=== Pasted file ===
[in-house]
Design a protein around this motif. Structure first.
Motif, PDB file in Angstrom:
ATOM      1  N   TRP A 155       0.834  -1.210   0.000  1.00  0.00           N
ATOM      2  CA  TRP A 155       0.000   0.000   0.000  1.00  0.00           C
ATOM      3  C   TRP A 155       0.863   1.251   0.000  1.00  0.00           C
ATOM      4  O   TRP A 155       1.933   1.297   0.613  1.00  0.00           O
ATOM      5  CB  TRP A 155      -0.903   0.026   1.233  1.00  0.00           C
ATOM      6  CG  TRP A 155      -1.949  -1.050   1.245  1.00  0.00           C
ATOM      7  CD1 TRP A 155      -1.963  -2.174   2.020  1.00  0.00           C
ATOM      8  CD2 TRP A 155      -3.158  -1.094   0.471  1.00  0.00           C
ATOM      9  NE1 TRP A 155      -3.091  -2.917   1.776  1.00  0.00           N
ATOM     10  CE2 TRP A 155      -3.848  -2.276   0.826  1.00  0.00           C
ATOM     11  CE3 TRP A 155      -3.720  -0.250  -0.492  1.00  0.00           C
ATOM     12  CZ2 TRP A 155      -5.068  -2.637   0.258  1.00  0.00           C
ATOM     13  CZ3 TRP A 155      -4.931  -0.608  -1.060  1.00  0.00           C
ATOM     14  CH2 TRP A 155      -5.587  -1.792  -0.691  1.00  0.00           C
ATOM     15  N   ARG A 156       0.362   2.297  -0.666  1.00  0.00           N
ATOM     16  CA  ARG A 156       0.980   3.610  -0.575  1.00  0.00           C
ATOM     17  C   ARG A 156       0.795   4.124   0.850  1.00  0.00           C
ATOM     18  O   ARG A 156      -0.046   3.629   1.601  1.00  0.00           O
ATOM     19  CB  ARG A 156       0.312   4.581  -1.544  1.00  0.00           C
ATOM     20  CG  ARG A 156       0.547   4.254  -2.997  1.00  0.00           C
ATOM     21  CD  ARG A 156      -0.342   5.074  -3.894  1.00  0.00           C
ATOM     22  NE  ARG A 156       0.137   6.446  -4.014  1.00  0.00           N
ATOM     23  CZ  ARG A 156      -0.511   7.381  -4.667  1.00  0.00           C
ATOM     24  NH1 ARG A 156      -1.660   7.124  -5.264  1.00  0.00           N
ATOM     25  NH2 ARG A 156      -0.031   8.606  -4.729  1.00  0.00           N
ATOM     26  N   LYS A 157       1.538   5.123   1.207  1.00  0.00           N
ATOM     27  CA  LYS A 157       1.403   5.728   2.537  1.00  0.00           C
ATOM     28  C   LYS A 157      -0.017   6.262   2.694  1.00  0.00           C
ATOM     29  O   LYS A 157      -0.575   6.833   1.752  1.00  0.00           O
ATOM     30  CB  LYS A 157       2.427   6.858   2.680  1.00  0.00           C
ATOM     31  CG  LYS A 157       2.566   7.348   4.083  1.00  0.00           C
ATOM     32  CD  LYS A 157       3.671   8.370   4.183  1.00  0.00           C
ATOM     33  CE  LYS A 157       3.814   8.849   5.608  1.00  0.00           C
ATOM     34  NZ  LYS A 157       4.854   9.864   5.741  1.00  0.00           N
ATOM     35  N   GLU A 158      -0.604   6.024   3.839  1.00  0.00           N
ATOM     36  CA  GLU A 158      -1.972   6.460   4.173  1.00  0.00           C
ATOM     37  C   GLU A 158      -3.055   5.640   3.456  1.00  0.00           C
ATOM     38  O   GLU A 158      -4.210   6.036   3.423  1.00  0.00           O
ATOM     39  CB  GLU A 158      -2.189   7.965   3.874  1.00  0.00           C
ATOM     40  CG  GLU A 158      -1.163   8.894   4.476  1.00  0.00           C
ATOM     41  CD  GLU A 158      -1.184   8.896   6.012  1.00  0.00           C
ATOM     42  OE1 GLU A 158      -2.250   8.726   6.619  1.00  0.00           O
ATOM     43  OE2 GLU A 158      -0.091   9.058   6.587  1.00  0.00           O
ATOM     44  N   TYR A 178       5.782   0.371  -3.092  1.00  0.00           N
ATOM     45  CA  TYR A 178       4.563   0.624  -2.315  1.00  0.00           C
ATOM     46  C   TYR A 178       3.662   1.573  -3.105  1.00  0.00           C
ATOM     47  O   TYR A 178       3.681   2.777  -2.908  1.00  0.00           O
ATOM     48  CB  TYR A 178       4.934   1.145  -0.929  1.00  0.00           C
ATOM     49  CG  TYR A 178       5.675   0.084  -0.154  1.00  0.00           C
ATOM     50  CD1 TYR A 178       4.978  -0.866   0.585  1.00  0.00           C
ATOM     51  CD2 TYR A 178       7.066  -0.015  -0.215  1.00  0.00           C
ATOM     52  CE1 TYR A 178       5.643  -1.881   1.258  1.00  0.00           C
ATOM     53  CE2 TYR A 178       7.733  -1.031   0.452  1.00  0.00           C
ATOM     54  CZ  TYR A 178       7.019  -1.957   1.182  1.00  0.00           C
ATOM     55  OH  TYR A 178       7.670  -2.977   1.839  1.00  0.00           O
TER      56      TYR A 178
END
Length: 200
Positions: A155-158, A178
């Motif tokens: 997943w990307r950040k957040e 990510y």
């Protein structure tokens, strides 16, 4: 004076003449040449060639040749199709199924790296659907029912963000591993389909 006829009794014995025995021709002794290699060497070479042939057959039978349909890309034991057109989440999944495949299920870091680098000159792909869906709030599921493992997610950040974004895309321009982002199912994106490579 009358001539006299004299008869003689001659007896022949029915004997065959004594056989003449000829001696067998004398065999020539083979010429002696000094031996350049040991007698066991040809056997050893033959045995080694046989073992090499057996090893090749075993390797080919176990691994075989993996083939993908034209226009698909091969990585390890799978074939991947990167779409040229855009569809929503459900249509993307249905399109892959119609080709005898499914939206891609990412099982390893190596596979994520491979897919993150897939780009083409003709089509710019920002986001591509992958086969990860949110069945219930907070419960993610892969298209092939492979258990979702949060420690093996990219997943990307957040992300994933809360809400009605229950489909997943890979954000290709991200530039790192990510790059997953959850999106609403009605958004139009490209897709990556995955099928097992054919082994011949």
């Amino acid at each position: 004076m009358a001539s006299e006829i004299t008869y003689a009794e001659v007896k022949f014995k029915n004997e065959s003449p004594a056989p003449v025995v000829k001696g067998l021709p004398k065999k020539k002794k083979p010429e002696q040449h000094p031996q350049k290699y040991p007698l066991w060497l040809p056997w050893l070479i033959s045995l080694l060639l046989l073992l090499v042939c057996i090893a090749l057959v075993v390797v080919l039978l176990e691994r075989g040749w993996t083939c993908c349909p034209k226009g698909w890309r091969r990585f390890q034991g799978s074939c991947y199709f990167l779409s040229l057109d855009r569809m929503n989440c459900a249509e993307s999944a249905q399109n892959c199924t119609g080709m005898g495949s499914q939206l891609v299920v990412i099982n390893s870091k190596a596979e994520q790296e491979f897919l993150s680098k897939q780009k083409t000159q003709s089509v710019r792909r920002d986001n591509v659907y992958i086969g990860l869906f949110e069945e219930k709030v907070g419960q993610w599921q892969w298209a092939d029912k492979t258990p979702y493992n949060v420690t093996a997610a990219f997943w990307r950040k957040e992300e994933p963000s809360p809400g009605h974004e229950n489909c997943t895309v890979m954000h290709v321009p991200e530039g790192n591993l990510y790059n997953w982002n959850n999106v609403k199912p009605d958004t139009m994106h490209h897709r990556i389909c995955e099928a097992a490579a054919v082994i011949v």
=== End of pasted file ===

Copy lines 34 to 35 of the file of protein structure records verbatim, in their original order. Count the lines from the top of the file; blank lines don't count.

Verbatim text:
ATOM     31  CG  LYS A 157       2.566   7.348   4.083  1.00  0.00           C
ATOM     32  CD  LYS A 157       3.671   8.370   4.183  1.00  0.00           C